GREEN BAY—In this year’s season opener between the two teams, the Packers defense finally stopped the 49ers’ running game, but quarterback Colin Kaepernick strafed the Packers through the air. Four months later, the two teams will meet again, and the question confronting Dom Capers and the Packers defense is: Can they stop the run without allowing the pass?
“They depend so much on their run game setting the tone; you’re not in predictable situations that you can pin your ears back. You have to try to get them in more predictable situations,” Capers told reporters on Tuesday, as the Packers defensive coordinator previewed the challenge his unit will face against the 12-4 49ers at Lambeau Field on Sunday.
In terms of yardage, the 49ers are not a balanced offense. They are run heavy, with the league’s No. 3 rushing attack and No. 30 passing game. Those numbers, however, are misleading because they don’t accurately portray how the pass game feeds off the run game and the degree to which the 49ers pass game is feared.
“When we’ve pressured him, he’s been athletic enough to avoid the free guy and he’s come out of there for a pretty good gain,” Capers said of Kaepernick, an elusive scrambler who’s gained 524 yards rushing this season. He’s also rushed for four touchdowns.
Just a runner? No way. Kaepernick has thrown for 21 touchdowns and tight end Vernon Davis, who’s caught 13 of those scores, is a matchup nightmare, and that might be especially true for a defense whose outside linebackers were all defensive linemen in college.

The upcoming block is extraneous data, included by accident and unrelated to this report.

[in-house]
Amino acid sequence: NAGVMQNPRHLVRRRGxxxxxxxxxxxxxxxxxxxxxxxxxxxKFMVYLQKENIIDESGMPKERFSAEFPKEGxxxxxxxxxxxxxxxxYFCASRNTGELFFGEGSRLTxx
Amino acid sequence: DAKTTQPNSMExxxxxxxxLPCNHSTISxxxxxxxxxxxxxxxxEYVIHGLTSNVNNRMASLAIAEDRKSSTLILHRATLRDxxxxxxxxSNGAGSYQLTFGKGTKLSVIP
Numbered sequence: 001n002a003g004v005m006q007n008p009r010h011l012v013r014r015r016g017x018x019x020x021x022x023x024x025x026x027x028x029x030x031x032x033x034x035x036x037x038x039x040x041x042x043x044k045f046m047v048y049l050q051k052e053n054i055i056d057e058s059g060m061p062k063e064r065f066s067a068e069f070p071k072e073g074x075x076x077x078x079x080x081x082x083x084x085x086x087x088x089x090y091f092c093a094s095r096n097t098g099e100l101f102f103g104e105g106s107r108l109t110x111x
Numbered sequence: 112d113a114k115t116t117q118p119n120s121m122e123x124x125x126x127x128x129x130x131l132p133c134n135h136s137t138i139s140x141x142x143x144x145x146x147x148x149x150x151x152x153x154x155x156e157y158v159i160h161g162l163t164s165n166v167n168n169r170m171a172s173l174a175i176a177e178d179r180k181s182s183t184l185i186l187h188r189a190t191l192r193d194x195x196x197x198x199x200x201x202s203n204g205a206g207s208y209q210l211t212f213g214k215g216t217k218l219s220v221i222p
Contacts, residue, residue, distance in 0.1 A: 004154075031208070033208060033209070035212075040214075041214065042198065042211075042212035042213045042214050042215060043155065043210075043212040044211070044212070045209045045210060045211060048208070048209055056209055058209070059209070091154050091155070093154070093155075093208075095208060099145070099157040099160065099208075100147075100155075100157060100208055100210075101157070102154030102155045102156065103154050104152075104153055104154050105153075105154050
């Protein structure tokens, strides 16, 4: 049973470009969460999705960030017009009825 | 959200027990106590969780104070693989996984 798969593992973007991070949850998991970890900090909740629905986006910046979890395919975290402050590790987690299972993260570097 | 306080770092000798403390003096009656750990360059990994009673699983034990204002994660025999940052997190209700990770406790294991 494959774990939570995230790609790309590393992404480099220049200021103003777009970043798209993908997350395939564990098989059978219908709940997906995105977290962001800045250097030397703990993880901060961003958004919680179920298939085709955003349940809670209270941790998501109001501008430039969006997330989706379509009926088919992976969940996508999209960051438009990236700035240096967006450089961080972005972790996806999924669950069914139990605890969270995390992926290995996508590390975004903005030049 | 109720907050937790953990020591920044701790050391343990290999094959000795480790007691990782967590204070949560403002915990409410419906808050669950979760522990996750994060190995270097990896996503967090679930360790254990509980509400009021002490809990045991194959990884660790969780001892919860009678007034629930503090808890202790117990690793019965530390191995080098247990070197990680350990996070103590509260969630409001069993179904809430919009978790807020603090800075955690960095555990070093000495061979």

“What we look for is guys that can rush the passer, then teach them (how to cover). Yeah, they’re converted defensive ends, so it’s always going to be a work in progress with those guys,” Capers said.
Being without true outside linebacker Clay Matthews worsens the problem.
“We don’t have another guy quite like Clay. You design what you do based on what’s available,” Capers said.
In the 2012 season opener at Lambeau Field, Frank Gore pounded the Packers for 112 yards rushing and the 49ers dominated time of possession by six minutes in posting a 30-22 win that wasn’t as close as the final score would indicate.
Last January, in a divisional round playoff game in Candlestick, the 49ers offense ran wild. Kaepernick rushed for 181 yards out of the read option, Gore added 119 and Kaepernick threw for 263 in what was his coming-out party as an NFL star. The 49ers won, 45-31, in a game that was closer than the final stats would indicate.
It was a game that produced a “579” offseason rallying cry for the Packers, as 579 was the 49ers’ yardage total from that game.
“We spent a lot of time in the offseason on (the read option),” Capers said. “In the (2013) opener, we played the run very well. We weren’t able to get any takeaways in that first game. That’s what you have to do in all big games. It comes down to takeaways, giveaways.”
Kaepernick threw for 412 yards in this year’s season opener, which brings us back to the burning question the Packers defense faces in this fourth matchup between the two teams: Can the Packers stop the run without giving up the pass … or vice versa? Additional coverage - Dec. 31